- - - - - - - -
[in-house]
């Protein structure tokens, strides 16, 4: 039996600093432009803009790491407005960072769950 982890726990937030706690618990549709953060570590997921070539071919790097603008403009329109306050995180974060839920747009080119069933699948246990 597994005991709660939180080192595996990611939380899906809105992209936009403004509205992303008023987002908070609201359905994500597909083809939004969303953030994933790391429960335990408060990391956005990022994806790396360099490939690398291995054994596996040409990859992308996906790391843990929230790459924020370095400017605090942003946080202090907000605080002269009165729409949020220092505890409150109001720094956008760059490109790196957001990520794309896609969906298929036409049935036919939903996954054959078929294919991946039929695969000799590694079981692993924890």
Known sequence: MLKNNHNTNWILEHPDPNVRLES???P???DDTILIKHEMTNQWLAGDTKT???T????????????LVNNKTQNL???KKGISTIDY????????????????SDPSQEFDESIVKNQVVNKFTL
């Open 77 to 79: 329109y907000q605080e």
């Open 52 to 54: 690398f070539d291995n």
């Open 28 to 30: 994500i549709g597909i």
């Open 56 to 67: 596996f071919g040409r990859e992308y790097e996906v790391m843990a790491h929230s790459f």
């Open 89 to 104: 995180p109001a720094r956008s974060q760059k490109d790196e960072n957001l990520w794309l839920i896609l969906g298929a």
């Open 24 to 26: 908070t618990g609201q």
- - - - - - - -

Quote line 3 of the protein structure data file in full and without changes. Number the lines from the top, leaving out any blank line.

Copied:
Known sequence: MLKNNHNTNWILEHPDPNVRLES???P???DDTILIKHEMTNQWLAGDTKT???T????????????LVNNKTQNL???KKGISTIDY????????????????SDPSQEFDESIVKNQVVNKFTL